The inside looks just like the fabric pressure sensors, except each stitch is connected to a separate conductive fabric tab. The downside is that separate tabs and connections to these tabs take up a lot of space, especially if you want to achieve a tight matrix of sensors. A grid of lines and columns and some code to analyze these (separately power and measure) would allow for much tighter spacing. This version is nice because it is so simple.
To make the sensor fully fabric one can use EeonTex conductive textile (www.eeonyx.com) instead of the plastic Velostat. Eeonyx normally only manufacture and sells its coated fabrics in minimum amounts of 100yds, but 7x10 inch (17.8x25.4 cm) samples are available free of charge and larger samples of 1 to 5 yards for a minimum fee per yard.
This Instructable covers two slightly different versions of the pressure sensor matrix. The only difference being the spacing of the individual pressure sensors in the matrix. In one of them they are placed practically next to each other (white) and in the other there is a 1cm space in between each sensor (purple), but because of the thickness of the neoprene it is not possible to press in between the sensors without pressuring a sensor. Hope this makes sense.
I am also selling these handmade Thread Pressure Sensors via Etsy. Although it is much cheaper to make your own, purchasing one will help me support my prototyping and development costs >>
The materials used for the sensor are basically cheap and off-the-shelf. There are other places that sell conductive fabrics and Velostat, but LessEMF is a convenient option for both, especially for shipping within North America.
Velostat is the brand name for the plastic bags in which sensitive electronic components are packaged in. Also called anti-static, ex-static, carbon based plastic bags... you can also cut up one of these black plastic bags if you have one at hand. But caution! Not all of them work!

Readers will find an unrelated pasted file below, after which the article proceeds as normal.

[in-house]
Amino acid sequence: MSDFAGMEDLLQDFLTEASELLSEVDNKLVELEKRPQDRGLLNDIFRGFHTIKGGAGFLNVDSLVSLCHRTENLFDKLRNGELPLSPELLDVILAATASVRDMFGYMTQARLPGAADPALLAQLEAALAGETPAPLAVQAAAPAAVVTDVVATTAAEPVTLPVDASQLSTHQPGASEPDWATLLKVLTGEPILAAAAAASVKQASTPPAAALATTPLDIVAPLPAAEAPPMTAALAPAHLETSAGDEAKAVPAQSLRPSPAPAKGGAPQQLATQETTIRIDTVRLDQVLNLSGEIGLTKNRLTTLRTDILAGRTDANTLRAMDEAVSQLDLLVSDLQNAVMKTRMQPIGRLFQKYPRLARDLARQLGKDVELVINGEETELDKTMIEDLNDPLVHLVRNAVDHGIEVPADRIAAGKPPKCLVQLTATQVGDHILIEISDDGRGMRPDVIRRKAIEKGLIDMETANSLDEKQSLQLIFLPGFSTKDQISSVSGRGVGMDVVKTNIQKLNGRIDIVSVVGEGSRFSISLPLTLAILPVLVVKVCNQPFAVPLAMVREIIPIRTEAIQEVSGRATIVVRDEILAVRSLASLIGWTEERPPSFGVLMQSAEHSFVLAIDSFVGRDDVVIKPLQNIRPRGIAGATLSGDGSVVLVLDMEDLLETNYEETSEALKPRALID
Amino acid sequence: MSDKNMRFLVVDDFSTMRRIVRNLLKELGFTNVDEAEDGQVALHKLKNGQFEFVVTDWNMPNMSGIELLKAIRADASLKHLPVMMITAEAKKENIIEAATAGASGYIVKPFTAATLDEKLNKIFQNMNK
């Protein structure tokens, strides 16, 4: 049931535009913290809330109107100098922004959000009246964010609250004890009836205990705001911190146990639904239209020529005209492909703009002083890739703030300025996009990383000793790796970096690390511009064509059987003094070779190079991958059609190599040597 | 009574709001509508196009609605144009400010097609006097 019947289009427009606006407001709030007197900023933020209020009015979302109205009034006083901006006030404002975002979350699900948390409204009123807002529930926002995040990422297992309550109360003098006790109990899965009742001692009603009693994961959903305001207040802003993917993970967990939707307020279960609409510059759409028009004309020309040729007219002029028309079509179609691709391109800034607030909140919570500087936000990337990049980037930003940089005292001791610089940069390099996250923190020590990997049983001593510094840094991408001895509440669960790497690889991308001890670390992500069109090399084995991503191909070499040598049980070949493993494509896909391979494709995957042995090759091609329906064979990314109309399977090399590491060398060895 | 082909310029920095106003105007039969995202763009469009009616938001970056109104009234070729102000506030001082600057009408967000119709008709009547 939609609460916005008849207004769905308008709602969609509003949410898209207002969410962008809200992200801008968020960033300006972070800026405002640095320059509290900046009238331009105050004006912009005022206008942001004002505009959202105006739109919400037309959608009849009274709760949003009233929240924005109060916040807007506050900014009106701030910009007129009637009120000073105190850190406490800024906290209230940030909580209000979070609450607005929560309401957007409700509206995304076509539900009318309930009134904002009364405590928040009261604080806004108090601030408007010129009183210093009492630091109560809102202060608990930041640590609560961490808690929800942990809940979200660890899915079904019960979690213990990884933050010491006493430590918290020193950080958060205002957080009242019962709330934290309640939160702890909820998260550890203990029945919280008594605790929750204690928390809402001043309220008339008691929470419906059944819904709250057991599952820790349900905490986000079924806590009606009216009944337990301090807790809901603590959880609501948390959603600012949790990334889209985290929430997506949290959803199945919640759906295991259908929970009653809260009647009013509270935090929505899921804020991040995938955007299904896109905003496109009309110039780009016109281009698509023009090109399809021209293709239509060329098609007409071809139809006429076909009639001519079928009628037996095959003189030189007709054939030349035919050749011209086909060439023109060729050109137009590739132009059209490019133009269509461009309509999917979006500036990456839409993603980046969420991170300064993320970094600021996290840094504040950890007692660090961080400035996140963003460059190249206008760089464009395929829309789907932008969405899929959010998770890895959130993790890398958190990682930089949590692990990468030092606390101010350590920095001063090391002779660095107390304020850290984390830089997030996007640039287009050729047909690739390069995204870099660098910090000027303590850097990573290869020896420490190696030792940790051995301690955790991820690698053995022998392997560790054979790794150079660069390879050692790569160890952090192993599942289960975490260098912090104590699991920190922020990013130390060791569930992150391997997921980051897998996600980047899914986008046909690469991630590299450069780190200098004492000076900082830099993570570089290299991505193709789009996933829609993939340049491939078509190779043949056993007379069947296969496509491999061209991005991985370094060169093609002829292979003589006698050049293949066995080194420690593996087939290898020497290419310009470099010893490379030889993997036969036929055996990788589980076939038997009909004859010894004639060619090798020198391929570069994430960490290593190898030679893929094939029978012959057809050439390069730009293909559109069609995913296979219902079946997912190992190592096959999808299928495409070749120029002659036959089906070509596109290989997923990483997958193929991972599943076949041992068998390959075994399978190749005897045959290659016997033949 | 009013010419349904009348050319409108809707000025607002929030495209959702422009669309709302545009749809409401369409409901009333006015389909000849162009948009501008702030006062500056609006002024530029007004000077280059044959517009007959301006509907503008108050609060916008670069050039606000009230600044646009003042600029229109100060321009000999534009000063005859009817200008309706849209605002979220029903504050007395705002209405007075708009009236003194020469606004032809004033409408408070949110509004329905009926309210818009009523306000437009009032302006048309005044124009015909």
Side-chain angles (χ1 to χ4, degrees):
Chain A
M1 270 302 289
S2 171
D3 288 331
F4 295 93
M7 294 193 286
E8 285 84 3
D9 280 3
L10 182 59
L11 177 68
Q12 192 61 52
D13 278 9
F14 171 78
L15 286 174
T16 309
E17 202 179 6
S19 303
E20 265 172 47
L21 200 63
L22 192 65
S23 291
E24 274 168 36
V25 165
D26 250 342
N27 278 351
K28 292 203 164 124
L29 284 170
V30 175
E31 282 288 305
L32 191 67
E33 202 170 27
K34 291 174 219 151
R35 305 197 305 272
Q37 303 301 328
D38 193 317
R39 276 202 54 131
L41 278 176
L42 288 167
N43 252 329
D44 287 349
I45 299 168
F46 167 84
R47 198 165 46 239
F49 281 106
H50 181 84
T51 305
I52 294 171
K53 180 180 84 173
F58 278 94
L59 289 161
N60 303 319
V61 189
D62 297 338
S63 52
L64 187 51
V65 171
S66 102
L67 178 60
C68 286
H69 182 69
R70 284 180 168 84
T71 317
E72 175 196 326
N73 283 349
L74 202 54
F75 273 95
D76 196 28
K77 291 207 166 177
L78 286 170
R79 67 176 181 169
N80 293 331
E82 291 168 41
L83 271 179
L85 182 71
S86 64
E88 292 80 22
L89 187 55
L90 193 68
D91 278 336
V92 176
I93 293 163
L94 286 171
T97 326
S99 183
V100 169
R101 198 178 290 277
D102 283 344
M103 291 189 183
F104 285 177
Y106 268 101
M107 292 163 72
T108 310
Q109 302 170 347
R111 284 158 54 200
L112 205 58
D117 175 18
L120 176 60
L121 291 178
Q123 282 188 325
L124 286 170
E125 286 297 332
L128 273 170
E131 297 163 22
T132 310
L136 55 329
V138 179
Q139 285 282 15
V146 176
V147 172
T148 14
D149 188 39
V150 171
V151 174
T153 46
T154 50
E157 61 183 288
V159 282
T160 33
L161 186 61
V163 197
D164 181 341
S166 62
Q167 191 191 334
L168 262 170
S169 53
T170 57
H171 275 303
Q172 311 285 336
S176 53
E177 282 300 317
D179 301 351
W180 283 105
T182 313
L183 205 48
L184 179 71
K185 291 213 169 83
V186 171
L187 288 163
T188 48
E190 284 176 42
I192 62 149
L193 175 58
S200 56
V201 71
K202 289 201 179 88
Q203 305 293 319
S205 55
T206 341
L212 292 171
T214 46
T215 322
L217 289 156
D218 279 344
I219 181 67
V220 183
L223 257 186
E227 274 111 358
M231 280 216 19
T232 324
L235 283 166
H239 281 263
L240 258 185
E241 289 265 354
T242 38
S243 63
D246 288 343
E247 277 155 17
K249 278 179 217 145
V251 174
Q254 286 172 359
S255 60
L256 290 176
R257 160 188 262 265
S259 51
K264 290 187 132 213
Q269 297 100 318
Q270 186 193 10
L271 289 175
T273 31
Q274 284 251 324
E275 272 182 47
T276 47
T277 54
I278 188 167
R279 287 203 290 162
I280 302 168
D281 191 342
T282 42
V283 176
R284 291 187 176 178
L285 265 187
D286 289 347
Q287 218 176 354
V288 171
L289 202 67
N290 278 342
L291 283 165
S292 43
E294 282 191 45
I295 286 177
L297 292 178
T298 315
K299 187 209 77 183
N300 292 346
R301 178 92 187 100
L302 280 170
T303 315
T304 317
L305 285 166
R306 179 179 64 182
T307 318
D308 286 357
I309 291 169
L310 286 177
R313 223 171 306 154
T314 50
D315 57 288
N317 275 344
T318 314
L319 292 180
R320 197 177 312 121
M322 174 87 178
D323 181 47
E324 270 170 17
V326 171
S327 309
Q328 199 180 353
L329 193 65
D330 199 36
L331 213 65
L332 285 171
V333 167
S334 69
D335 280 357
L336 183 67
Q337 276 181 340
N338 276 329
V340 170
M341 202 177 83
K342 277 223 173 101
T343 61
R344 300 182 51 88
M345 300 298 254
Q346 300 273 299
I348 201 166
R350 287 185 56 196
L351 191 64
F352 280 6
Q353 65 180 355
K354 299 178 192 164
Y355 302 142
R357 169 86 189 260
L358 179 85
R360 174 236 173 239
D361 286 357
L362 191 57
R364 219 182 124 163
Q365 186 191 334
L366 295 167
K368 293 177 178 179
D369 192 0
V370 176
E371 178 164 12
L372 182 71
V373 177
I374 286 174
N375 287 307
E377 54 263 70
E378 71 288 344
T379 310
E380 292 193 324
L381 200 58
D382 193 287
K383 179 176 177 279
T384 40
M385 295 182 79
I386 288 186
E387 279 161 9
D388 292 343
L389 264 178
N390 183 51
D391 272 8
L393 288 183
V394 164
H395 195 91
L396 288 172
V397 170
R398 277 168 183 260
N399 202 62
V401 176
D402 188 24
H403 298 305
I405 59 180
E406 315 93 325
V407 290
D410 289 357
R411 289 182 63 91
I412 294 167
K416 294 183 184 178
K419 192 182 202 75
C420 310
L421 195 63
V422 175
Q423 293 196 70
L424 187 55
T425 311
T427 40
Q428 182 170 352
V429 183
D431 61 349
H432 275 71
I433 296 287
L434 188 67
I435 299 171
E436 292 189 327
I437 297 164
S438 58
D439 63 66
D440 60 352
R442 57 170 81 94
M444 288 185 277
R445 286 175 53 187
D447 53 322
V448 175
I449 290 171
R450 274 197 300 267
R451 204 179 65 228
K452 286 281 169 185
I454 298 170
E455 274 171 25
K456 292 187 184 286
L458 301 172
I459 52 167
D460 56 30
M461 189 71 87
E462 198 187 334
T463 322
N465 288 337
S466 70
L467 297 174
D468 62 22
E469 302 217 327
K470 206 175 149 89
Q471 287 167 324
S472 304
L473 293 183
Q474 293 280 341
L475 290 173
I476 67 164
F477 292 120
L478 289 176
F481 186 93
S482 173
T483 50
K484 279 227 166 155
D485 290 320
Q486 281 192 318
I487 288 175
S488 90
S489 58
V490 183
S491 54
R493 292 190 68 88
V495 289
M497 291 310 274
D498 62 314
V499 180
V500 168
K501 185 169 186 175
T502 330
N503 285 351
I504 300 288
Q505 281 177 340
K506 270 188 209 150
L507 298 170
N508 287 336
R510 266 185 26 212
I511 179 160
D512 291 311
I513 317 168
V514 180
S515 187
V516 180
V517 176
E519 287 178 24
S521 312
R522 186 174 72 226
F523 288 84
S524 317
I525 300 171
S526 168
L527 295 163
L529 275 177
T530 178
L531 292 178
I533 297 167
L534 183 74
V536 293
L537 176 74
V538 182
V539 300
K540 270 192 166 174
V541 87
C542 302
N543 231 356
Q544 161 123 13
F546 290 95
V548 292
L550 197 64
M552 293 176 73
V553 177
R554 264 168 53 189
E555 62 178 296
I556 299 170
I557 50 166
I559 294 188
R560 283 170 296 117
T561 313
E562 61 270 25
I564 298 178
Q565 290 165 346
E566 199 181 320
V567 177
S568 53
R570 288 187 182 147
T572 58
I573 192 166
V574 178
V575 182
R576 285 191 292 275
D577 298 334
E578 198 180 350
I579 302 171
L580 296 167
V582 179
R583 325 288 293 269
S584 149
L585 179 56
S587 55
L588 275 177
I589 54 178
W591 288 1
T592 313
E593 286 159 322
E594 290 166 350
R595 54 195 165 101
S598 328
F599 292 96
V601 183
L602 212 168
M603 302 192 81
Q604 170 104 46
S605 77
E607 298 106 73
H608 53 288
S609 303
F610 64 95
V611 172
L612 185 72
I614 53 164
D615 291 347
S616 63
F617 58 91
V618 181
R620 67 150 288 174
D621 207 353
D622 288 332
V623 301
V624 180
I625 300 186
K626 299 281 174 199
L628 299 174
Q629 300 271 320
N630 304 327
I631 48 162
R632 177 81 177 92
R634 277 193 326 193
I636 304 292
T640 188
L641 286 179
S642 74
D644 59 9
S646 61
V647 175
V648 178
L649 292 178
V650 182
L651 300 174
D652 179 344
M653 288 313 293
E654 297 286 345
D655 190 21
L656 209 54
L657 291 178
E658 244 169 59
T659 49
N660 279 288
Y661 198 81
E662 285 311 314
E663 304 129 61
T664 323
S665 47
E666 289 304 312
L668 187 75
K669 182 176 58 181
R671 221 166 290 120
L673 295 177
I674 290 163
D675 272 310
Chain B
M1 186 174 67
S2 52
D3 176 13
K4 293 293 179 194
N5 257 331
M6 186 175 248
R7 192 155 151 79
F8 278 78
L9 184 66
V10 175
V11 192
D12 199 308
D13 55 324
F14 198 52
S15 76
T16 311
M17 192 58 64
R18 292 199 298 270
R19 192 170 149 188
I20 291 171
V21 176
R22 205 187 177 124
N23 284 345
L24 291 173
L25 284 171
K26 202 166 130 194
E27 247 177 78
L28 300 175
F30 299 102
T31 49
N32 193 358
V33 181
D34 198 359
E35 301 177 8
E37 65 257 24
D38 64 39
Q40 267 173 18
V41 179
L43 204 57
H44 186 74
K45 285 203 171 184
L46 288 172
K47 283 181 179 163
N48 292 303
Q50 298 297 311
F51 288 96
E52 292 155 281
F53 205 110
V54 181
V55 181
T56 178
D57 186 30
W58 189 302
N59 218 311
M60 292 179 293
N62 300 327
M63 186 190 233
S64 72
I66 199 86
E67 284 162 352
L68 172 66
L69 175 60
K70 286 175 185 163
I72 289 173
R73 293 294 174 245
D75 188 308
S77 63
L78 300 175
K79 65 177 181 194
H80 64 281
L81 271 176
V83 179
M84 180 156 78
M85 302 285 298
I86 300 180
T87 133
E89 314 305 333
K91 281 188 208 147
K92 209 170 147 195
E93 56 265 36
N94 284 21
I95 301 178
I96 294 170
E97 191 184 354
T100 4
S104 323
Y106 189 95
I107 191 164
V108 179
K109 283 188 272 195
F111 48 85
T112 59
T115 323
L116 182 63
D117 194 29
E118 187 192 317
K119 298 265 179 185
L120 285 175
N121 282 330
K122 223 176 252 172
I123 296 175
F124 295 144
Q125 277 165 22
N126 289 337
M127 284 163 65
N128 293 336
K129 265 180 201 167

To make the sensor fully fabric one can use EeonTex conductive textile (www.eeonyx.com) instead of the plastic Velostat, but at the moment EeonTex conductive textile is only available in a minimum of 100yds. But try ordering samples!
I chose to work with neoprene because it offers a form of natural force-feedback and also it is great for sewing into with the conductive thread and thus isolating it. But you can easily replace the neoprene for some regular stretch or non-stretch fabric and even try felt or kind of rubber.
Step 1: Materials and Tools
- Conductive thread from http://www.sparkfun.com
- Neoprene from www.sedochemicals.com
- Stretch conductive fabric from http://www.lessemf.com
- Fusible interfacing from local fabric store or
- Regular thread
- Male headers from Sparkfun http://www.sparkfun.com/
- Arduino software free for download from http://www.arduino.cc/
- Processing software free for download from http://processing.org/
- Arduino USB board from Sparkfun http://www.sparkfun.com/
- Solderable Perfboard with copper line pattern from All Electronics http://www.allelectronics.com/
- Crocodile clips
- 4 x 10 or 20K resistors
- Fabric scissors
- Sewing needle
- Fabric pen that disappears over time
- Pen and paper
For reading input into your computer and running an application that visualizes the changes in resistance:
- Soldering station (iron, helping hands, solder)
- Knife for cutting perfboard
- File for filing edges of perfboard